I’ll bet your pastor never read this scripture from the pulpit: “A woman should learn in silence with submission. I do not allow any woman to teach or have authority over a man; instead she is to be silent.” (ITim. 2:11)
Can’t you just imagine the reaction from all the women in the pews? What about the women teachers in schools, Sunday schools and seminaries? What about the thousands of women pastors in churches throughout America? What about the women politicians, physicians and lawyers? What about the women university professors? Women are to be silent? Who wrote this?
Well, I don’t think Paul did. Even though it says he did. The two “pastoral epistles” to Timothy and Titus were written about a 100 years after Paul died. They were attributed to Paul as was the custom in those days, and somehow they ended up in our Bible. Now all the religiously castrated males can point to this text and say: “See, I told you so; women can’t compete.”
But women can compete, and this very competition is proof that not everything written in our Bible is true. Well, at least, not true for us.
The men who wrote it sure hoped it was true for them. They were writing this back in the 2nd century as the Christian church was just beginning to blossom. Women were starting to take over this burgeoning church, and why not? Reading Paul’s actual epistles of the 1st century, we see that his “churches” were in the homes of rich women like Priscilla and Aquila, Mary and Junia, Tryphaena and Tryphosa and Julia (Rom. 16:3-15, and 2 Cor. 16:19).
But as this tradition continued, and the women began to exercise roles of authority, many of the men felt left out and by the year 150 it was time to say so. They not only wrote “Pauline” epistles like Timothy and Titus, but it seems obvious (to me) that they went back into Paul’s epistle to the Corinthians and inserted this identical frightened dictate:
“Your women should be silent in the churches,
For they are not permitted to speak, but should be submissive.
If they want to learn something they should ask their husbands at home.” (I Cor 14:34).
This doesn’t sound like Paul. He needed these women; he needed their homes and their financial help and he couldn’t manage without them. He would never have made these statements to the Corinthians or to Timothy. He never saw feminine authority and power as threatening. Women were his partners and he treated them like it. But as the years went on and Paul had died and this emerging community began to build their own meeting places, men began to flex their muscles and their egos and their power. And the women had to “learn their place.”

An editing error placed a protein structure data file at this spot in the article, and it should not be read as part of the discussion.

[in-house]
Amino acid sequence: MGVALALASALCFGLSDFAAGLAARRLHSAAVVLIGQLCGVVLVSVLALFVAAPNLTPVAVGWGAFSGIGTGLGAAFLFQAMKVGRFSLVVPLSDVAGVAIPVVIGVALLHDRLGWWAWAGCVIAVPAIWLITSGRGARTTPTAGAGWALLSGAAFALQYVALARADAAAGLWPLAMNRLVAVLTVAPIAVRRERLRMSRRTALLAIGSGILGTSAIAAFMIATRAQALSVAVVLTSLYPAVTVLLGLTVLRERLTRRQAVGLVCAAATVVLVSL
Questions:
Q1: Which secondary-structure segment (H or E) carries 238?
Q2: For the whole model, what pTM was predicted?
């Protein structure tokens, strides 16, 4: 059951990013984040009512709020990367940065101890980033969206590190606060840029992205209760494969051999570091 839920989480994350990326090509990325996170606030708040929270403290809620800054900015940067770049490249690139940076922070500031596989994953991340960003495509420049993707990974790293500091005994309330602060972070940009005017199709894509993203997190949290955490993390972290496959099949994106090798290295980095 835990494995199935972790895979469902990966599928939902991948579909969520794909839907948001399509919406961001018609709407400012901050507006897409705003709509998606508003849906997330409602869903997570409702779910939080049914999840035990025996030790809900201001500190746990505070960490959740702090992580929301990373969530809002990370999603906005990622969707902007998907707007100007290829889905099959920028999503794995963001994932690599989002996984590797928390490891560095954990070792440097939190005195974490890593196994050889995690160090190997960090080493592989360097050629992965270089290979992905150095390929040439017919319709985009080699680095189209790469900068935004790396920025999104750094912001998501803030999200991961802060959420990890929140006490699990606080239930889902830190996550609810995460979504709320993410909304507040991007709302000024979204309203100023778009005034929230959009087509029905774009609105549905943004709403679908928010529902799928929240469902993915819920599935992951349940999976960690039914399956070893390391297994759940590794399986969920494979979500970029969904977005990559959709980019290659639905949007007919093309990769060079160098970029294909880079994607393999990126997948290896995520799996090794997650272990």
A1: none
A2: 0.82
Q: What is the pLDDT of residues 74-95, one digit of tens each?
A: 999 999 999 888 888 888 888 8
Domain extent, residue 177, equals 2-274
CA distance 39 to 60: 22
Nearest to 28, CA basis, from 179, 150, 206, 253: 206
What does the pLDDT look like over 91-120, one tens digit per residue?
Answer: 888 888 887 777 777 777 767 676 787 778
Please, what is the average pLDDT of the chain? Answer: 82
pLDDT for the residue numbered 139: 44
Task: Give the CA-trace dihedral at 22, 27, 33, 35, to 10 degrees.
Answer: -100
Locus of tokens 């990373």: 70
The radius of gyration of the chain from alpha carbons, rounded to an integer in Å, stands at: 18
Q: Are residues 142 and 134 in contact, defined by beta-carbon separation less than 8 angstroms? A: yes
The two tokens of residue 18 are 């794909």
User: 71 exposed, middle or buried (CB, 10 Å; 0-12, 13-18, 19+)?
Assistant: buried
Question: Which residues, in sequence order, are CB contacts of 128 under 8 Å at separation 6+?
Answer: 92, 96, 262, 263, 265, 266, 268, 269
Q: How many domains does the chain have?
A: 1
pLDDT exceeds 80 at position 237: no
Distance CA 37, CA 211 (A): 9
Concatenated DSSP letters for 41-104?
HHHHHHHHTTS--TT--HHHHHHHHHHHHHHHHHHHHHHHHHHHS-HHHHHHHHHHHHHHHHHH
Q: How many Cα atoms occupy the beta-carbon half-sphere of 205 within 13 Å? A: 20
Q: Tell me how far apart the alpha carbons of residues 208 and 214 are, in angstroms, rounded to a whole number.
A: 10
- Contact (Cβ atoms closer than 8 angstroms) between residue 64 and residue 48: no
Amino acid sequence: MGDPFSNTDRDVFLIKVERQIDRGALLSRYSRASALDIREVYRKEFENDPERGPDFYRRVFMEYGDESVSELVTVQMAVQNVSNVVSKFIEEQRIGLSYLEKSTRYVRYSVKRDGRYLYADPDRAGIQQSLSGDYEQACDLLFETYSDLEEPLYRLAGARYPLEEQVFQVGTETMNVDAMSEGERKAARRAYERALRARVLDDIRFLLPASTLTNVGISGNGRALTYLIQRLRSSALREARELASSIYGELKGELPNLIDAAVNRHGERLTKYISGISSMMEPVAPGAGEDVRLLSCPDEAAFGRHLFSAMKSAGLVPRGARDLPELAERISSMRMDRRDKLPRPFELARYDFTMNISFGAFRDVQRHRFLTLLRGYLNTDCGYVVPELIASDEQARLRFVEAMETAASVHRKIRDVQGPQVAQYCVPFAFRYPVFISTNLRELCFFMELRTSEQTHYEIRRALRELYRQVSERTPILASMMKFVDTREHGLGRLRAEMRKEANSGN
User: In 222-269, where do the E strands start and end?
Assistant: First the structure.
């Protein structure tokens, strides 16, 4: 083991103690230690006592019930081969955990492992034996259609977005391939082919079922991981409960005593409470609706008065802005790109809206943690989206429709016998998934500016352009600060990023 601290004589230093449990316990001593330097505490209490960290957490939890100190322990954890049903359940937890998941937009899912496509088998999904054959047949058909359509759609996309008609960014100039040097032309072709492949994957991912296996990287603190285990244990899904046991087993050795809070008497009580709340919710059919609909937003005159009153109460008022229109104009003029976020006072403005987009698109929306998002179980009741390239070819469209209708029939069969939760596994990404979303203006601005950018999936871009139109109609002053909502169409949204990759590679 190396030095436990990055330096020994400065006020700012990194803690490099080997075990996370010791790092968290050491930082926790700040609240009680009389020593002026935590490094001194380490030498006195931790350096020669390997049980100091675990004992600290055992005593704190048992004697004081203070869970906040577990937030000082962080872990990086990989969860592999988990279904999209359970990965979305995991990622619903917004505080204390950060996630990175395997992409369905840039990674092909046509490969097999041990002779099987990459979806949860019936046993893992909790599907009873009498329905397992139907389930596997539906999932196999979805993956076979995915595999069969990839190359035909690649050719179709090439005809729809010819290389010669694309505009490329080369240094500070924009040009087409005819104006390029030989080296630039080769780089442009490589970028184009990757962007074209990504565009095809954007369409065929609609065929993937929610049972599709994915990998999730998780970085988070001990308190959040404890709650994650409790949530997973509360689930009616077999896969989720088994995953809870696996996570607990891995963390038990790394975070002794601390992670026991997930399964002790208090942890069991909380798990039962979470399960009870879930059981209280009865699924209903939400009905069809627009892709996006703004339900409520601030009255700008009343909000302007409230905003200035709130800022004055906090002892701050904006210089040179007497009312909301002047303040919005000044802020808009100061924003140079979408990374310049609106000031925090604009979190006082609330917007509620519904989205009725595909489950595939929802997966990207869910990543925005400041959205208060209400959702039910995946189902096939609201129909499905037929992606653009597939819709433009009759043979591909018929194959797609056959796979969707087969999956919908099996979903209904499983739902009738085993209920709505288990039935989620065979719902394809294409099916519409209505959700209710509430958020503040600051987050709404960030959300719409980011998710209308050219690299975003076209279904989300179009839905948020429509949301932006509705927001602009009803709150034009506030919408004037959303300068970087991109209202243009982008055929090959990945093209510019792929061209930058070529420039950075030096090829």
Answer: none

It was Adam and Eve — all over again.
You can read scripture literally as the fundamentalists are wont to do. And this will cause you the “fundamentalist problems” like: “How do we handle all the contradictions, scientific errors and cultural prejudices that proliferate on the pages of the Bible?” Fundamentalists of all three religions — Christianity, Judaism and Islam — have elaborate and complicated answers for each one of these problems, but their overriding and definitive explanation is always: “God or G-d or Allah wrote it.” It must be true.
I don’t read scripture that way. I believe men wrote all three “holy books.” And these men were just as frail and fragile and fallible as men are today. They did write some brilliant and truly “inspired” poems like:
“If I speak the languages of men and angels, but have not love, I am a sounding gong or a clanging cymbal,” etc. (I Cor. 13); and some exalted visions like: “In the beginning was the word and the word was with God. And the Word was God,” etc. (John 1:1). But they also wrote some really stupid statements like the ones that made women subservient and submissive to men and forbade them to teach or hold any kind of authority.
I refuse to hold God accountable for these blatant blunders.
Dr. Bill Cummings is the CEO of Cummings Consolidated Corporation and Cummings Management Consultants. His website is www.billcummings.org.